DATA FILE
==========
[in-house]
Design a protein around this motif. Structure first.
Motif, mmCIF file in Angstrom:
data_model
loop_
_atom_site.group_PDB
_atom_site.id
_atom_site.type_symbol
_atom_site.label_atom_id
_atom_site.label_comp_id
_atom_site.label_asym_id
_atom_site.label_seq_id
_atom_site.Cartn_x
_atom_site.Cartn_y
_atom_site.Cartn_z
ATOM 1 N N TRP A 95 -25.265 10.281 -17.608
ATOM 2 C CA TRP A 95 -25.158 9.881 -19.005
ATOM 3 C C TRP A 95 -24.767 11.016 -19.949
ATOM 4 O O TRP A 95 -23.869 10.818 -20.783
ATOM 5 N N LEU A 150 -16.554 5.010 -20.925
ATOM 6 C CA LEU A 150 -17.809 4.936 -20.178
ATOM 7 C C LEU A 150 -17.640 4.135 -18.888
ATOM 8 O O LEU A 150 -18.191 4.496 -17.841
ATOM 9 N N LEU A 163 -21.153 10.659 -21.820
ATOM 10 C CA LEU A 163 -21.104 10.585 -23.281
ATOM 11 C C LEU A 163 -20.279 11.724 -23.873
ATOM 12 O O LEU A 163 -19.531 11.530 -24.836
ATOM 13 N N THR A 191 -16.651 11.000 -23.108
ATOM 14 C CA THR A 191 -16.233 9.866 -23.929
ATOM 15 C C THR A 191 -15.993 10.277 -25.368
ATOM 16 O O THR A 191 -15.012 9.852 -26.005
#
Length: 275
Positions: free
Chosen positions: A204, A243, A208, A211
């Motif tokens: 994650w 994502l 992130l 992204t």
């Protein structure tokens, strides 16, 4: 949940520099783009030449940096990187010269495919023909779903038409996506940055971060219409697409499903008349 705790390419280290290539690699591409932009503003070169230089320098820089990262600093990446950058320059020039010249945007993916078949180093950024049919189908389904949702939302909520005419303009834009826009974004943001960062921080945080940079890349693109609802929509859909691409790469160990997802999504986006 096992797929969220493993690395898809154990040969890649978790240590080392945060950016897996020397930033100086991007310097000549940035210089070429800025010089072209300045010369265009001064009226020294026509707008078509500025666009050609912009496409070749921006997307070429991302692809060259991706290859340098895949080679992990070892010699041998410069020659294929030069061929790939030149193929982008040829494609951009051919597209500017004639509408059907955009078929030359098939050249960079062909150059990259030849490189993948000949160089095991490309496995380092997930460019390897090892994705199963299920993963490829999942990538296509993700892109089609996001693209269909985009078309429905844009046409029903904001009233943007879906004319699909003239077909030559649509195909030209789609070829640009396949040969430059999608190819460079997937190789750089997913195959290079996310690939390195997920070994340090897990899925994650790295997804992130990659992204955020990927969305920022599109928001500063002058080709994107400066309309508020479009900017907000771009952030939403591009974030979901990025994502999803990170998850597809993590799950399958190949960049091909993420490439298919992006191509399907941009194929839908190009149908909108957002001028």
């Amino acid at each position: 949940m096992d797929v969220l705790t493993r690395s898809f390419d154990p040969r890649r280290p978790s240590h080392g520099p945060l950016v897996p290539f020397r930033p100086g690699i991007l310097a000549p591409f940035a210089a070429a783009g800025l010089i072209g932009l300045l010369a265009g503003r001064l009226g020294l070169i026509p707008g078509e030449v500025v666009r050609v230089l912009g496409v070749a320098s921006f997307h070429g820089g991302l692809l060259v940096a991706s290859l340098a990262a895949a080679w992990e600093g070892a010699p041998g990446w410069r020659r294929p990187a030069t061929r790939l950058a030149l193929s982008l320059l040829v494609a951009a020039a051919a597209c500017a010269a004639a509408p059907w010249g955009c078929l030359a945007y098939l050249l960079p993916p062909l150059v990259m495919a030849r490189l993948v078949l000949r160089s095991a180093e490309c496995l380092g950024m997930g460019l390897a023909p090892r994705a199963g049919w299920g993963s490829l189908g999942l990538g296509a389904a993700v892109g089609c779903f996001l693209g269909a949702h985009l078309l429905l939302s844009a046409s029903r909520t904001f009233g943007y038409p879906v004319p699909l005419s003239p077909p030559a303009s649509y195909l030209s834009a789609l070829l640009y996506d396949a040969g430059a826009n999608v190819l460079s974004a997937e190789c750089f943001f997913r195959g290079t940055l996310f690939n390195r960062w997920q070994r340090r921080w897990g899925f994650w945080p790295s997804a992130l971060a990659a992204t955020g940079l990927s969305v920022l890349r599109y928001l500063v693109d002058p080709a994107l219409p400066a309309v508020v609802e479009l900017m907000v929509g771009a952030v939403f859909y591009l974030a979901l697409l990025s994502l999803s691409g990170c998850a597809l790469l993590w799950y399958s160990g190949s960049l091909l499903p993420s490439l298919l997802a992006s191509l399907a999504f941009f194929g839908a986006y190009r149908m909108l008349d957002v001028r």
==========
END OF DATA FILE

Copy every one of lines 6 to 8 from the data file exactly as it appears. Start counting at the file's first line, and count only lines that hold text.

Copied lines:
_atom_site.group_PDB
_atom_site.id
_atom_site.type_symbol